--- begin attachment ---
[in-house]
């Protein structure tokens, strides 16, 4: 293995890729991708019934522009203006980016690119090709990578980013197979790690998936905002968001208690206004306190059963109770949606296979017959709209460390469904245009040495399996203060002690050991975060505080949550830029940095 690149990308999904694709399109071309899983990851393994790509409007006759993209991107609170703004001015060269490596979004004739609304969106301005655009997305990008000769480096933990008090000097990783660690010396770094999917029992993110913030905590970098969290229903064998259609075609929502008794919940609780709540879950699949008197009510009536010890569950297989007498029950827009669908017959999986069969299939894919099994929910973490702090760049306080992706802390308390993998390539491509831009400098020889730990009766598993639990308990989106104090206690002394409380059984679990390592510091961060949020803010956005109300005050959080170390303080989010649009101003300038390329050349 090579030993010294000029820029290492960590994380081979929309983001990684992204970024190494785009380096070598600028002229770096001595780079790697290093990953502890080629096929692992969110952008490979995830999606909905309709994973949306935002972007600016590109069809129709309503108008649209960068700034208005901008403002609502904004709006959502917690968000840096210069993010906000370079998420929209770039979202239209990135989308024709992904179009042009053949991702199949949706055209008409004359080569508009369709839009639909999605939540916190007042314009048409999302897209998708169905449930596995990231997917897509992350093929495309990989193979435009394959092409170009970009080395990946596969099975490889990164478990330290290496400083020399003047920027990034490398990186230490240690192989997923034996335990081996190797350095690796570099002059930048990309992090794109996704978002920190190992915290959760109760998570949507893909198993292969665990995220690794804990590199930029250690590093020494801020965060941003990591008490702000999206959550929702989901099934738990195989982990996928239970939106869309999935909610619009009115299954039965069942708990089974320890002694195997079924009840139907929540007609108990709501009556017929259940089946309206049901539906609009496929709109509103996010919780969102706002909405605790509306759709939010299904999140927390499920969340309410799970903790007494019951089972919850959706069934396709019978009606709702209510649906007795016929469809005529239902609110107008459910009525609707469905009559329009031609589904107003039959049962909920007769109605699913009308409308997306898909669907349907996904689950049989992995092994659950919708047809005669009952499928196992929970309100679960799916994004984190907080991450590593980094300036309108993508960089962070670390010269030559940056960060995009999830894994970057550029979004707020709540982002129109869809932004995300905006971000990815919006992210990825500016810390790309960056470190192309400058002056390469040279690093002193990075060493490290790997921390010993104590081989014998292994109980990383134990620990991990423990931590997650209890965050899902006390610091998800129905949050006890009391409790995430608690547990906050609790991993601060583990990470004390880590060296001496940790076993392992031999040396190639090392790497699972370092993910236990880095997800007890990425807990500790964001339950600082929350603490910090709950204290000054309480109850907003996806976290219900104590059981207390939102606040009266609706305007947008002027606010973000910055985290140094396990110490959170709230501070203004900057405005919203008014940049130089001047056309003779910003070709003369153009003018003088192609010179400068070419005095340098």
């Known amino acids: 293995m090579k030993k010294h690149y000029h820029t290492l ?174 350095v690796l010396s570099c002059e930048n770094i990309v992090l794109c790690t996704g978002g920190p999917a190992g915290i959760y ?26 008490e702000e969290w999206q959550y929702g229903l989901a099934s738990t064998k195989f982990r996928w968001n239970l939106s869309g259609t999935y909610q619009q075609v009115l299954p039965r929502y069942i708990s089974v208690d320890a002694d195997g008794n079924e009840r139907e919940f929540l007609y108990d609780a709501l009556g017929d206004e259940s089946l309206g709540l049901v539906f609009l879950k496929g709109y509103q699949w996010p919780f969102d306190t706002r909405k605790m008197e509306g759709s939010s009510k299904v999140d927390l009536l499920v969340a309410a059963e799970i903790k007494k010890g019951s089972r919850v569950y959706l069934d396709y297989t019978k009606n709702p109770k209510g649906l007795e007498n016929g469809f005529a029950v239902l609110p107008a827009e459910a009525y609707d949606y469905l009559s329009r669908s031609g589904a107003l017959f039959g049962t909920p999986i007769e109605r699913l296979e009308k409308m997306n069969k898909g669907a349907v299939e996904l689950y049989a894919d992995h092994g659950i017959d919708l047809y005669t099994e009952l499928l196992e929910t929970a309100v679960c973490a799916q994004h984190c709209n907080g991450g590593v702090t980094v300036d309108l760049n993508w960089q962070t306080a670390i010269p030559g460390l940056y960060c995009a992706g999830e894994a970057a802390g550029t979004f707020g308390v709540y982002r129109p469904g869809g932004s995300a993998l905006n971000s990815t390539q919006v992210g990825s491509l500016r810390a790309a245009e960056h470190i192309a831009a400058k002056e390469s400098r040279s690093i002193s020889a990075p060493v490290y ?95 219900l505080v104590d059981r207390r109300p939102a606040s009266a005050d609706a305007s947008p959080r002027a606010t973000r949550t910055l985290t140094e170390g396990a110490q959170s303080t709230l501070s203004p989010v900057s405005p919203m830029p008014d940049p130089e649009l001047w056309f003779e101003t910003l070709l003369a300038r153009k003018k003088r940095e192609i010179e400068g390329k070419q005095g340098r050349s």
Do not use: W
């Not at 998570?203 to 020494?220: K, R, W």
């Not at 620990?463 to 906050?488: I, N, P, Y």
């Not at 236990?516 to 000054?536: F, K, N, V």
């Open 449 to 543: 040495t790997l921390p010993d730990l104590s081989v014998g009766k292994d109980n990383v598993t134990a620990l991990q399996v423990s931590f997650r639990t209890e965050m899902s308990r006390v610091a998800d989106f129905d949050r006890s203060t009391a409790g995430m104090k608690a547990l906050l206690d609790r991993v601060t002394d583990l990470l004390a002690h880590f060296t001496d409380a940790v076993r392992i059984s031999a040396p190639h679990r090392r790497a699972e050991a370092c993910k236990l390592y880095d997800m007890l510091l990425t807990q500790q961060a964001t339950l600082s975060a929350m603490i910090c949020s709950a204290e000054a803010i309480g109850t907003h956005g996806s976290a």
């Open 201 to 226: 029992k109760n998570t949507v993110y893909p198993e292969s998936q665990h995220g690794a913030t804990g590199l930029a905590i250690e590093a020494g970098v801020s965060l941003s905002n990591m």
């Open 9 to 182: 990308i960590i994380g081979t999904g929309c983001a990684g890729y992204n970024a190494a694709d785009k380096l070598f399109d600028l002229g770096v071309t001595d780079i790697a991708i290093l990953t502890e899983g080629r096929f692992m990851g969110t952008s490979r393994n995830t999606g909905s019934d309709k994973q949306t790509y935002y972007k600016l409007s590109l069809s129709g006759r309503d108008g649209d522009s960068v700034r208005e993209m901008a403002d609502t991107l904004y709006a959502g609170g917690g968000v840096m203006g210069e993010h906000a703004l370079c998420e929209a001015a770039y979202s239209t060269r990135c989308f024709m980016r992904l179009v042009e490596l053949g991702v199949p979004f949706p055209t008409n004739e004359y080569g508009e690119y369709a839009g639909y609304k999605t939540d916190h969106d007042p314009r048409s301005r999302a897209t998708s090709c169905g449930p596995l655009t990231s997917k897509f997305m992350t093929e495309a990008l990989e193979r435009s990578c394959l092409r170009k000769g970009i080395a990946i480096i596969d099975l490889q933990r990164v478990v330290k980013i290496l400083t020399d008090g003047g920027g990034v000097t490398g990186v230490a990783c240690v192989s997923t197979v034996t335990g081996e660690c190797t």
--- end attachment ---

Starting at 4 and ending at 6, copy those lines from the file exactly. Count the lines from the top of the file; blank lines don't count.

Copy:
Do not use: W
């Not at 998570?203 to 020494?220: K, R, W």
């Not at 620990?463 to 906050?488: I, N, P, Y």